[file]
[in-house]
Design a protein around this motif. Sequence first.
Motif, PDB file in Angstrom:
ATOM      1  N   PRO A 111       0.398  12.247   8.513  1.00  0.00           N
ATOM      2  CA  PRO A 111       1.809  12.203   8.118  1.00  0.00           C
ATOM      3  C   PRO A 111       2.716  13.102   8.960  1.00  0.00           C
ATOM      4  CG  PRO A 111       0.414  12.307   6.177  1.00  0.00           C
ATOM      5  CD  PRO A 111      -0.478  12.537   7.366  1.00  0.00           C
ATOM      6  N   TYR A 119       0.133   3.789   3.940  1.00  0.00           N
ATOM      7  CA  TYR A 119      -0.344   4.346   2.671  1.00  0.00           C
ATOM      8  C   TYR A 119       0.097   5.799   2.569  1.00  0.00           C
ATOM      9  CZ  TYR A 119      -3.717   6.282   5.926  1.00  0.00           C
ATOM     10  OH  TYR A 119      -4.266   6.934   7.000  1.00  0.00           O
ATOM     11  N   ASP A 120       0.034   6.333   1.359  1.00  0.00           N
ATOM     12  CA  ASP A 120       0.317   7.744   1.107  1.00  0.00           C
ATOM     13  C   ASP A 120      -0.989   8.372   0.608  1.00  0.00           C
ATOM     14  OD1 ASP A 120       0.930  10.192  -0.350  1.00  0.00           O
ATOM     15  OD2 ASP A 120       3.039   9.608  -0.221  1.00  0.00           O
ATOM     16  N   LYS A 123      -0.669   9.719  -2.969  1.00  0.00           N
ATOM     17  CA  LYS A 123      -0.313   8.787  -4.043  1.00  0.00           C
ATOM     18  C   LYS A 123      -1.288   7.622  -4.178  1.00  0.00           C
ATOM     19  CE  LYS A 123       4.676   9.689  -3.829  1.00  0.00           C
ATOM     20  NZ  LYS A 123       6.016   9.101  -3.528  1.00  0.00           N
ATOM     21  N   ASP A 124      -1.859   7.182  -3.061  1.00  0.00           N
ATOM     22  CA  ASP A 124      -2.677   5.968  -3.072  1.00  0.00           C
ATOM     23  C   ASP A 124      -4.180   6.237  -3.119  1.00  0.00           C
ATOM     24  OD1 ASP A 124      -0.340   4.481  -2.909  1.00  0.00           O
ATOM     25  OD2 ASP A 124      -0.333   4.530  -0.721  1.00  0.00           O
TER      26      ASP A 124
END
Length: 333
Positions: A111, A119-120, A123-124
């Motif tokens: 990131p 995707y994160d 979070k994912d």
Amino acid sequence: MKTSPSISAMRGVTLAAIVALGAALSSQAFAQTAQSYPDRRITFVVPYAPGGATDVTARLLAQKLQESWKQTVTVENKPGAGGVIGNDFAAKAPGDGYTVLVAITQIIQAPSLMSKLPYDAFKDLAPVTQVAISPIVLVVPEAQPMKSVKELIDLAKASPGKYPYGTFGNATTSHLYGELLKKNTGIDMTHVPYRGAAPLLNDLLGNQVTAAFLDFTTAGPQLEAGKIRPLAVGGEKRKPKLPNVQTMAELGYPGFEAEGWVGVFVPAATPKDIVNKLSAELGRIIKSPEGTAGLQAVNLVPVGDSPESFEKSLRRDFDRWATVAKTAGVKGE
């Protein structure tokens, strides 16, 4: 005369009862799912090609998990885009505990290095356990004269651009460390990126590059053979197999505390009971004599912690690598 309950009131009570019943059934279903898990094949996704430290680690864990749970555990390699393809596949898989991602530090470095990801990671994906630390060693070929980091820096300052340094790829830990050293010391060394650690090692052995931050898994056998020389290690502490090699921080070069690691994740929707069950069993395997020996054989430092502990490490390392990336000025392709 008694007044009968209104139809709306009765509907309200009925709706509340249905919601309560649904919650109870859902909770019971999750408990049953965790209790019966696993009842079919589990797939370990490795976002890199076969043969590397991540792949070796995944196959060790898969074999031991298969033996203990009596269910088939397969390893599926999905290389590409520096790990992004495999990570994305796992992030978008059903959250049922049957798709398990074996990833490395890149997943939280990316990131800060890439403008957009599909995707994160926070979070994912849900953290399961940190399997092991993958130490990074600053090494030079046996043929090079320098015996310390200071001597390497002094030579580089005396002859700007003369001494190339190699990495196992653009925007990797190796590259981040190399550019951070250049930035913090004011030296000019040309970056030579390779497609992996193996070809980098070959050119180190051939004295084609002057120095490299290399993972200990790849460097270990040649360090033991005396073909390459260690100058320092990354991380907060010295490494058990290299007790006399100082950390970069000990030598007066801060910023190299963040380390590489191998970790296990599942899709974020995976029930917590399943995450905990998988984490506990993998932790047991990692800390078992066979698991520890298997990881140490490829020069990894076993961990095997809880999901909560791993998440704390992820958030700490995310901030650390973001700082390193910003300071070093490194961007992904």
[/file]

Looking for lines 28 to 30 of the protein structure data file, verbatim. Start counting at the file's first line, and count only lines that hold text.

ATOM     25  OD2 ASP A 124      -0.333   4.530  -0.721  1.00  0.00           O
TER      26      ASP A 124
END